New sanctions include the freezing of North Korean government property in the US and a ban on US exports to North Korea
On the same day North Korea sentenced a US student to 15 years in prison with hard labour, Washington has announced tough new sanctions against Pyongyang.
It is increasingly clear that the North Korean government seeks to use these U.S. citizens as pawns to pursue a political agenda
Otto Warmbier was paraded before the cameras to beg for forgiveness for stealing a propaganda banner from a hotel.
The 21-year-old was arrested over the New Year at the end of a five-day group tour.
toner_mark</a> comments on conviction of Otto Warmbier in <a href="https://twitter.com/hashtag/NorthKorea?src=hash">#NorthKorea</a>, urges <a href="https://twitter.com/hashtag/DPRK?src=hash">#DPRK</a> to pardon him. <a href="https://t.co/8WZ6RC5sGc">https://t.co/8WZ6RC5sGc</a></p>— Department of State (StateDept) March 16, 2016
White House spokesman Josh Earnest told reporters: “The allegations for which this individual was arrested and imprisoned would not give rise to arrest or imprisonment in the United States or in just about any other country in the world.
“It is increasingly clear that the North Korean government seeks to use these US citizens as pawns to pursue a political agenda.”
The new sanctions, over North Korea’s recent nuclear and missile testing, include the freezing of North Korean government property in the US and a ban on US exports to North Korea.
Both US and non-US citizens with links to Pyongyang’s economy can also now be blacklisted.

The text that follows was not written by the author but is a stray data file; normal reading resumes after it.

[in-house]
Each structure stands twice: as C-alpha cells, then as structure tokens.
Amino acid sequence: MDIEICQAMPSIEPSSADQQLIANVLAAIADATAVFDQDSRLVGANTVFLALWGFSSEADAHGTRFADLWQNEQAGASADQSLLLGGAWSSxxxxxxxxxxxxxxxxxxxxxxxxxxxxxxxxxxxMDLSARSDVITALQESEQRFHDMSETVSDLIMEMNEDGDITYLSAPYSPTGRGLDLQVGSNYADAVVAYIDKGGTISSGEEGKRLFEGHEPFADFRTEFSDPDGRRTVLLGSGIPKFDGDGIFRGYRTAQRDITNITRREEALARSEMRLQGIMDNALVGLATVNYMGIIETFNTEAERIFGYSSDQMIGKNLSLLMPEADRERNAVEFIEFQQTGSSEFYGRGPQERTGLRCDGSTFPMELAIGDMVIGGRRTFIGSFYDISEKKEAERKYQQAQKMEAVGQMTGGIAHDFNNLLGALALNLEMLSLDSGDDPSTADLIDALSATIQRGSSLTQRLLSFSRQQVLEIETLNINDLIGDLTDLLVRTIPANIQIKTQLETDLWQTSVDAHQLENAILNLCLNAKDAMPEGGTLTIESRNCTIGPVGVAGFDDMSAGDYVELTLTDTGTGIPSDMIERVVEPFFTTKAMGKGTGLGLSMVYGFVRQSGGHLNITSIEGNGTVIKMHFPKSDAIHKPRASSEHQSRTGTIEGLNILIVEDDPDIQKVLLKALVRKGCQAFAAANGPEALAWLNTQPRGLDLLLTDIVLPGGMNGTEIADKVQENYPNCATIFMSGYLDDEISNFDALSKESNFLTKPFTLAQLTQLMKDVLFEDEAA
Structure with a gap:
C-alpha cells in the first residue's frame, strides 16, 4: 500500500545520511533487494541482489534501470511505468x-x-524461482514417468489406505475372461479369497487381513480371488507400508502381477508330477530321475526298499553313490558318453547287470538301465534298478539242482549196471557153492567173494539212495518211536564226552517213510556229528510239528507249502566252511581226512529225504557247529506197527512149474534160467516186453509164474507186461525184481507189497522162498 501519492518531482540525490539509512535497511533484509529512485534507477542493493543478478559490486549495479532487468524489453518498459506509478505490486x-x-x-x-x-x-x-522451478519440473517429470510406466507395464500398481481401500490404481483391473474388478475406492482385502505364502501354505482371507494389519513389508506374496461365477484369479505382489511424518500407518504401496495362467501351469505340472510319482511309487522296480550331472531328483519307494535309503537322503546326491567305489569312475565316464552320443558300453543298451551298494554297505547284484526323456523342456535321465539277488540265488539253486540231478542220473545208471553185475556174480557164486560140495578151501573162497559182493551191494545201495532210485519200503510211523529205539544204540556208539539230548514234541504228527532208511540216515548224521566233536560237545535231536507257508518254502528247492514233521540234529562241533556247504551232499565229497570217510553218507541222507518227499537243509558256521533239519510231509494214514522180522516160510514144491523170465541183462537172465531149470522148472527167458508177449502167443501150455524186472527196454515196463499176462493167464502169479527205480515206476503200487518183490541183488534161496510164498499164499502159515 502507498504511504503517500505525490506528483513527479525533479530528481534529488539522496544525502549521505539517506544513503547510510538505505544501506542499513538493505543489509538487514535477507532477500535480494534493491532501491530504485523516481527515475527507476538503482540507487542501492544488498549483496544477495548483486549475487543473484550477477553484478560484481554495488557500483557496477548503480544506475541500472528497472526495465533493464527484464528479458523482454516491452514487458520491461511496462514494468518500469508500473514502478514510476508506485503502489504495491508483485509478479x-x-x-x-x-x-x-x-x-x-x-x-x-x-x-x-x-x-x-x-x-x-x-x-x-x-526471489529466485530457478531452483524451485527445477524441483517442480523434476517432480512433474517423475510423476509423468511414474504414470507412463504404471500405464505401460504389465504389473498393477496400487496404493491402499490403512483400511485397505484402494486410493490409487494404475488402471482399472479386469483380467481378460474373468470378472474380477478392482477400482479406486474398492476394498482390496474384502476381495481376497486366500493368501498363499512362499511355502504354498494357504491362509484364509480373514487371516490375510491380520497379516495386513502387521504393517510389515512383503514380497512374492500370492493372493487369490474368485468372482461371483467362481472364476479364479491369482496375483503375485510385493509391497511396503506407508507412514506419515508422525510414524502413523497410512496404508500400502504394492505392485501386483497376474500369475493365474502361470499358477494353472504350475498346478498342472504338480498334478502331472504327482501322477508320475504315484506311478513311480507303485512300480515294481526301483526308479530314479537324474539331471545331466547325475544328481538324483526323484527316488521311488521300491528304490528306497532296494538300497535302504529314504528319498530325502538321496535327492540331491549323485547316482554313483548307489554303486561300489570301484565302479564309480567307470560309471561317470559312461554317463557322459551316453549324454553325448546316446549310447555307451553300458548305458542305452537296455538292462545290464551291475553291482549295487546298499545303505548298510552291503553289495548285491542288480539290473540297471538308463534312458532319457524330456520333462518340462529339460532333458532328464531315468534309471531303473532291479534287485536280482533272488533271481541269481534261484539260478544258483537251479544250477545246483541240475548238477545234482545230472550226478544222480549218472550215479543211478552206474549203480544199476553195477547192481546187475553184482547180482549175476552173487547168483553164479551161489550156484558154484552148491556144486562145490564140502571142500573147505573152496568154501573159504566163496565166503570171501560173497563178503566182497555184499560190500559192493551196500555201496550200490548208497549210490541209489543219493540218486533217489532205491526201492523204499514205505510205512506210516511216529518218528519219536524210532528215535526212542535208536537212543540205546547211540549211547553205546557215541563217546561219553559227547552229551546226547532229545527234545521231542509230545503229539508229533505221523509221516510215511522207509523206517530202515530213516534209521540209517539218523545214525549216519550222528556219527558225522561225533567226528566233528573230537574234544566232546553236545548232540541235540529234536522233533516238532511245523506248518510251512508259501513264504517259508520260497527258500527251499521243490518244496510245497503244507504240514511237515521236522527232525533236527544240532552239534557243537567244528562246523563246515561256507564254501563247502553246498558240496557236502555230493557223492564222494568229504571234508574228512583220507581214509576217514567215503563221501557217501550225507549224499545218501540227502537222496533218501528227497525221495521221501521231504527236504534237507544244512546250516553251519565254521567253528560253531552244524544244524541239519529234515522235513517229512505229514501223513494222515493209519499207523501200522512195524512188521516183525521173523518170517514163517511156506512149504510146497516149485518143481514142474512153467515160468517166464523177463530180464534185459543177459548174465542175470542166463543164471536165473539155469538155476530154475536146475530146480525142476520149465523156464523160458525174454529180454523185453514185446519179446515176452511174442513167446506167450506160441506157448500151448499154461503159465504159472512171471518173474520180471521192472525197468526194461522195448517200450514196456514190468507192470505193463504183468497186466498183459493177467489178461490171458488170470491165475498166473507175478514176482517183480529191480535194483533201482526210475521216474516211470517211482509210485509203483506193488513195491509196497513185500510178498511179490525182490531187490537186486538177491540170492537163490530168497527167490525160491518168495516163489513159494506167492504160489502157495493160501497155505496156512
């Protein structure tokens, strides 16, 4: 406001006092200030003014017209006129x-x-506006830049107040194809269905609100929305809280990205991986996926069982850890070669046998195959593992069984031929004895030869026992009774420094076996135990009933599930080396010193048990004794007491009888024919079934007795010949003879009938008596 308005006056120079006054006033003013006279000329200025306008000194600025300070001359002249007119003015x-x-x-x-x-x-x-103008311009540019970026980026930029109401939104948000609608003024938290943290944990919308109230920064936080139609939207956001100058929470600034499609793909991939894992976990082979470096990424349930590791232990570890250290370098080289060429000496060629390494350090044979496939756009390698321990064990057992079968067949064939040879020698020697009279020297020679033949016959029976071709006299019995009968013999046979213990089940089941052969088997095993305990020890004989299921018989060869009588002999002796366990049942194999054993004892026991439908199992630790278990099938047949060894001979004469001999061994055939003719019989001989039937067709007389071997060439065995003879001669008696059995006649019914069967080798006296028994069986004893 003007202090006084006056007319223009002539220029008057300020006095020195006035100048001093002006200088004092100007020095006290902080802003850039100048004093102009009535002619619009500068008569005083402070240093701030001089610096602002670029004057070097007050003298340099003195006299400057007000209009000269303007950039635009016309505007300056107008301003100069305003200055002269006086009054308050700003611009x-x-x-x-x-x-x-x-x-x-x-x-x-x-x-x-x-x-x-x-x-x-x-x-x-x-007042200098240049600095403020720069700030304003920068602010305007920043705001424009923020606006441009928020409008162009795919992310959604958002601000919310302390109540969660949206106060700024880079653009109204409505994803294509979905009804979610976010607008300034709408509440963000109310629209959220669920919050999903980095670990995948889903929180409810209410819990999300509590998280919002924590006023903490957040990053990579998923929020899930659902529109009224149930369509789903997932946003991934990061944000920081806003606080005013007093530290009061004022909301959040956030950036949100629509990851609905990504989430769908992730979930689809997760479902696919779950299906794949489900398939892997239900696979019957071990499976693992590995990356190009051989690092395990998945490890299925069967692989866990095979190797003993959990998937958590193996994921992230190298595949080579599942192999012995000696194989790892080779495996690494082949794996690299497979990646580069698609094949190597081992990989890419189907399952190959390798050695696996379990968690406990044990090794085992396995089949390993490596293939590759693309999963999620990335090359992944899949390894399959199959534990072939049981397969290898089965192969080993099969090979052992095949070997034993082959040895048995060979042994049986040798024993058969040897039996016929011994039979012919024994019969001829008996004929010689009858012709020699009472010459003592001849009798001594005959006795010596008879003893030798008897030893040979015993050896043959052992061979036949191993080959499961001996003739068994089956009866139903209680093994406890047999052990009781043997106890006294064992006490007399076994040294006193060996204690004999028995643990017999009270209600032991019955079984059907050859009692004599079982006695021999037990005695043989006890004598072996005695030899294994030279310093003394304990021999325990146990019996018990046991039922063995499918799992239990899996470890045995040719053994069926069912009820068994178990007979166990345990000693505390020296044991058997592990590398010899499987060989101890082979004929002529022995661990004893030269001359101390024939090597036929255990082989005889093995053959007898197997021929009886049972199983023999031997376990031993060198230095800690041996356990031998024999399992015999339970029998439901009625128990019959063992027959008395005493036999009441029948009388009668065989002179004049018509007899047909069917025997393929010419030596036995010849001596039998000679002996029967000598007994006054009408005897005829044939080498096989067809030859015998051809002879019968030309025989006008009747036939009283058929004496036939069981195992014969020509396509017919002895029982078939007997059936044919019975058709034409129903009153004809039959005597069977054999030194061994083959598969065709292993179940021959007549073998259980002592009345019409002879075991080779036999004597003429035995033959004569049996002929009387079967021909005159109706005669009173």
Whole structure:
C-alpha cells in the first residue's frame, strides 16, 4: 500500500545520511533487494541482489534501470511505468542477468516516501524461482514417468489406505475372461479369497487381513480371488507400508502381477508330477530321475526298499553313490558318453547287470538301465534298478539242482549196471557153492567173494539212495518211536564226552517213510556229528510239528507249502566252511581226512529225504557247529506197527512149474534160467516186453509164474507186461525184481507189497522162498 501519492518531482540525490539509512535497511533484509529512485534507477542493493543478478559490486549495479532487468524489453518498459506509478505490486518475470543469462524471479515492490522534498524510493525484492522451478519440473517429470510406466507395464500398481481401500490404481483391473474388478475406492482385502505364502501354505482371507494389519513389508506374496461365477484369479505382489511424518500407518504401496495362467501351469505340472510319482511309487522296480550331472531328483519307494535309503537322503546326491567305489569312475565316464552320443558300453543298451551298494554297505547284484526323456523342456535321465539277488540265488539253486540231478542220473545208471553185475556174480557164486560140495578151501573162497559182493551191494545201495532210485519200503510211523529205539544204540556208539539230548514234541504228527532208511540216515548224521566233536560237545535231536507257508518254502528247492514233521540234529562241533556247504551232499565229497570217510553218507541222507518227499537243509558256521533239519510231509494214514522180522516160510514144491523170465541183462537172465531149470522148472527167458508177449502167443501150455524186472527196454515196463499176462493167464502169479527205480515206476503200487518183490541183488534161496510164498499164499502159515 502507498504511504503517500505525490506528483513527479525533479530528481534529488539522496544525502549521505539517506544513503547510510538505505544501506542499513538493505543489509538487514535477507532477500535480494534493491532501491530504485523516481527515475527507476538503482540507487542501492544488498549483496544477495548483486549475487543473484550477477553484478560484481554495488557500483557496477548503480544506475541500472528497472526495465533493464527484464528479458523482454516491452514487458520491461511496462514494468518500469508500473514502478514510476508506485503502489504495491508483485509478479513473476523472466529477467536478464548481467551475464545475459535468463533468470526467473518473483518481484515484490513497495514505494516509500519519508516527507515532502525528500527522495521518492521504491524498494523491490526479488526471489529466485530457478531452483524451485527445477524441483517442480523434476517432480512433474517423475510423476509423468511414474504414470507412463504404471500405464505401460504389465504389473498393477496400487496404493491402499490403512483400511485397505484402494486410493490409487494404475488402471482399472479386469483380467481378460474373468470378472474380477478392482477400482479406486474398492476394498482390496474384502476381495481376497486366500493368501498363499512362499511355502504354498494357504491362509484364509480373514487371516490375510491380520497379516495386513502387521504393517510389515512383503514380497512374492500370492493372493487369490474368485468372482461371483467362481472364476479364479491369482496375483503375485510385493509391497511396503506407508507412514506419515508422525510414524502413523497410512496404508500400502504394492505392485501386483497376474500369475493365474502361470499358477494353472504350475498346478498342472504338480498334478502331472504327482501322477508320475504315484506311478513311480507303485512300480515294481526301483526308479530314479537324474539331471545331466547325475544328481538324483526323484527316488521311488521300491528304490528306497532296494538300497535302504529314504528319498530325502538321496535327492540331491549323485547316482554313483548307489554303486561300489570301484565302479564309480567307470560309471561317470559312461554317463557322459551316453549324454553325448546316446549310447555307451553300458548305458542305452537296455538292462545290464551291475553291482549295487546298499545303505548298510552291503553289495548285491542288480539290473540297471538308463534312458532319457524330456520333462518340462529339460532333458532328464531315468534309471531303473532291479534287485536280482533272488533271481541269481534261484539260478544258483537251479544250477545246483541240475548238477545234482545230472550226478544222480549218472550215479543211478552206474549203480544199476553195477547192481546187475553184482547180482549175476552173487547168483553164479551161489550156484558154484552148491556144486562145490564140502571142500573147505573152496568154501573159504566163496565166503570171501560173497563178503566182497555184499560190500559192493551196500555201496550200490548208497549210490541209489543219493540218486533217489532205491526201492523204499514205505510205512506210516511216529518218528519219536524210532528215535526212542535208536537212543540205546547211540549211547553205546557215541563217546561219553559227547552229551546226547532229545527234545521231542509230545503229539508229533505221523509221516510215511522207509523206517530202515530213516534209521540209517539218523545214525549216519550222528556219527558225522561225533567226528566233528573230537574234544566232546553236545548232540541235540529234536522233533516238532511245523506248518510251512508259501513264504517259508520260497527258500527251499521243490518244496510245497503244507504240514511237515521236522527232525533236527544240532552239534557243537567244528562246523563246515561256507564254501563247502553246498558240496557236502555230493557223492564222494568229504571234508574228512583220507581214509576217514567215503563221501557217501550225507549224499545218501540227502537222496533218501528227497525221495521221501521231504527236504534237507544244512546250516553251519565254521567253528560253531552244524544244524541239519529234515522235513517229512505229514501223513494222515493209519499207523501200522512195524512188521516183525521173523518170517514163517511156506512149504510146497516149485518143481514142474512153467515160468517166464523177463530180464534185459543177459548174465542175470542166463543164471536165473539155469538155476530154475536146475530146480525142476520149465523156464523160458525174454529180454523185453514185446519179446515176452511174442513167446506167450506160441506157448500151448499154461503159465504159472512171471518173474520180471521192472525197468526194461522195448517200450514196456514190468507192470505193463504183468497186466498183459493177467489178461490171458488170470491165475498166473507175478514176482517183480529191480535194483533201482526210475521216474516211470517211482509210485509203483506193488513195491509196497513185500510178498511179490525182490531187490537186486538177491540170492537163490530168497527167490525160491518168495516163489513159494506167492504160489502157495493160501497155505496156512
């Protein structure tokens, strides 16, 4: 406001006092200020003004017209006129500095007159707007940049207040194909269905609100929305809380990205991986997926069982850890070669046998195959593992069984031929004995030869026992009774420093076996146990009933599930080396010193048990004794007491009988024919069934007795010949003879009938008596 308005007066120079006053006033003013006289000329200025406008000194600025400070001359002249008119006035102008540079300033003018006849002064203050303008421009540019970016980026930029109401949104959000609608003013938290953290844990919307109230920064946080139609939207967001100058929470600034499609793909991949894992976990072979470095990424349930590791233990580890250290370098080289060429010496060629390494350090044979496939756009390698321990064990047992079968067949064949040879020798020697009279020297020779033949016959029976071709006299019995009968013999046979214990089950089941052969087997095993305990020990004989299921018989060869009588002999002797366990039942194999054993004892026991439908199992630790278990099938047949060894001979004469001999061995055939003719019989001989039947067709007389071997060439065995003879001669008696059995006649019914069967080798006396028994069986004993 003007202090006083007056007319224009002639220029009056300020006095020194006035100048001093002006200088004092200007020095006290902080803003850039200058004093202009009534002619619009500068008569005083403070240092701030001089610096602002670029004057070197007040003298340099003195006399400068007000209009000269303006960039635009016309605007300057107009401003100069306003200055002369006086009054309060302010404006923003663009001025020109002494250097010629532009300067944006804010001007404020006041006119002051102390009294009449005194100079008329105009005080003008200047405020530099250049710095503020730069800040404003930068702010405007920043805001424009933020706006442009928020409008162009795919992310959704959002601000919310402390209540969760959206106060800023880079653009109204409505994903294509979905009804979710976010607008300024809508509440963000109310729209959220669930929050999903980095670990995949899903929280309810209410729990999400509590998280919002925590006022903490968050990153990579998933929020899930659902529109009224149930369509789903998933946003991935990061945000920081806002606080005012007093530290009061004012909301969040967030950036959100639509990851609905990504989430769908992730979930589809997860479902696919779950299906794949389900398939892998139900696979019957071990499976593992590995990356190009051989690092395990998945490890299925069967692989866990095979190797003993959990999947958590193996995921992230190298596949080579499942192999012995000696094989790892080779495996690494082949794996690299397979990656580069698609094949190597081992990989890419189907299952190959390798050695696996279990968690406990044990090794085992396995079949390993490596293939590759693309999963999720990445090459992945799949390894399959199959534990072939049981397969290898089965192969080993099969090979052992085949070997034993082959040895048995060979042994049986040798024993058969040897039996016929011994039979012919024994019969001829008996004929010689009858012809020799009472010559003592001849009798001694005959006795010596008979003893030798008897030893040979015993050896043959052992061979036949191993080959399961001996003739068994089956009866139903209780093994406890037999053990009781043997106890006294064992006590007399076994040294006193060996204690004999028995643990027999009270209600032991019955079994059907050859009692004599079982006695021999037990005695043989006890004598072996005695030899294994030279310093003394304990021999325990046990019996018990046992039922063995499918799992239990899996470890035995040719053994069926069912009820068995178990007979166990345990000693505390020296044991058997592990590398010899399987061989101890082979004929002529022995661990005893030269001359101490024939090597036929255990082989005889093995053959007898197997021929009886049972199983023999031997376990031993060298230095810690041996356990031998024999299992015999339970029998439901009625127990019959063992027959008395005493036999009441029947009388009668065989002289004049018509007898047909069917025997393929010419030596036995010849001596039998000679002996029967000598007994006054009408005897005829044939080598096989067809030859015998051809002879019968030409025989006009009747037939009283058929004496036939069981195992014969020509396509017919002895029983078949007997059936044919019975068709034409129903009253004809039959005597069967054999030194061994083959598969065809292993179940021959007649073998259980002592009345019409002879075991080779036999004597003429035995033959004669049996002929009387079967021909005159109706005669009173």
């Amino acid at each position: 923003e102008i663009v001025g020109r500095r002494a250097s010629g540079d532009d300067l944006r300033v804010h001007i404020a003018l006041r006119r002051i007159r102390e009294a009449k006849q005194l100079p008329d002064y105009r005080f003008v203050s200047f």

“The US and the global community will not tolerate North Korea’s illicit nuclear and ballistic missile activities, and we will continue to impose costs on North Korea until it comes into compliance with its international obligations,” said Earnest.
Obama imposes more sanctions on North Korea in retaliation for its nuclear and ballistic missile tests. https://t.co/WyKMoMzsjE— USATODAY (@USATODAY) March 17, 2016
The new sanctions considerably expand punitive measures that have already been in force against Pyongyang and are now similar to the comprehensive bans previously imposed on countries such as Iran and Myanmar.
North Korea carried out a fourth nuclear test in January and recently fired short and long-range missiles.
Pyongyang also recently threatened “indiscriminate” nuclear strikes on the US and South Korea after both countries began their largest ever joint military exercises.
Incredible photos from the military exercise that is North Korea's worst nightmare https://t.co/uC5Z1UqTZN— The Independent (@Independent) March 17, 2016
The North Korean leader Kim Jong-un further angered the international community when he said it had developed miniature nuclear warheads that can be placed on its missiles. Many experts doubt the claims are true, however.
Pro-tip: don’t go to North Korea, for any reason. https://t.co/bOk1XvHE5j— Bas Scheffers (@basscheffers) March 17, 2016